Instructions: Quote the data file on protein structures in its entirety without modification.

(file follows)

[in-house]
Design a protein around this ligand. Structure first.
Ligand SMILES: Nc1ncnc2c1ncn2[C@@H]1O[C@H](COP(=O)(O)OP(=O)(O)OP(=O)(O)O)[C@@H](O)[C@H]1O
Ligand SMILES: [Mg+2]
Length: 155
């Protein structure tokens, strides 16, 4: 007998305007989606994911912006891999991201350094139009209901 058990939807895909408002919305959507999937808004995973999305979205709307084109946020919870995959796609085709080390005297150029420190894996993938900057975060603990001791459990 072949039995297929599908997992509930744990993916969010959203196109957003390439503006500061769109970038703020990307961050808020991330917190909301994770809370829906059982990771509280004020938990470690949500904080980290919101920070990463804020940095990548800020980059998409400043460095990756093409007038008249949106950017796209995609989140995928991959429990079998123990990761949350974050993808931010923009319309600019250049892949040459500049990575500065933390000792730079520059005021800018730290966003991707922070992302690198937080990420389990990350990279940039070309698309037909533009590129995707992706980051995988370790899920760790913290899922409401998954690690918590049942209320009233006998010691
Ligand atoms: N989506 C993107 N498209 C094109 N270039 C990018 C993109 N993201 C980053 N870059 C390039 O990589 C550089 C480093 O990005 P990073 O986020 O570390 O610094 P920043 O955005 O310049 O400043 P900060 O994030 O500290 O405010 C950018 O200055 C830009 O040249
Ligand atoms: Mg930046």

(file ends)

[in-house]
Design a protein around this ligand. Structure first.
Ligand SMILES: Nc1ncnc2c1ncn2[C@@H]1O[C@H](COP(=O)(O)OP(=O)(O)OP(=O)(O)O)[C@@H](O)[C@H]1O
Ligand SMILES: [Mg+2]
Length: 155
């Protein structure tokens, strides 16, 4: 007998305007989606994911912006891999991201350094139009209901 058990939807895909408002919305959507999937808004995973999305979205709307084109946020919870995959796609085709080390005297150029420190894996993938900057975060603990001791459990 072949039995297929599908997992509930744990993916969010959203196109957003390439503006500061769109970038703020990307961050808020991330917190909301994770809370829906059982990771509280004020938990470690949500904080980290919101920070990463804020940095990548800020980059998409400043460095990756093409007038008249949106950017796209995609989140995928991959429990079998123990990761949350974050993808931010923009319309600019250049892949040459500049990575500065933390000792730079520059005021800018730290966003991707922070992302690198937080990420389990990350990279940039070309698309037909533009590129995707992706980051995988370790899920760790913290899922409401998954690690918590049942209320009233006998010691
Ligand atoms: N989506 C993107 N498209 C094109 N270039 C990018 C993109 N993201 C980053 N870059 C390039 O990589 C550089 C480093 O990005 P990073 O986020 O570390 O610094 P920043 O955005 O310049 O400043 P900060 O994030 O500290 O405010 C950018 O200055 C830009 O040249
Ligand atoms: Mg930046």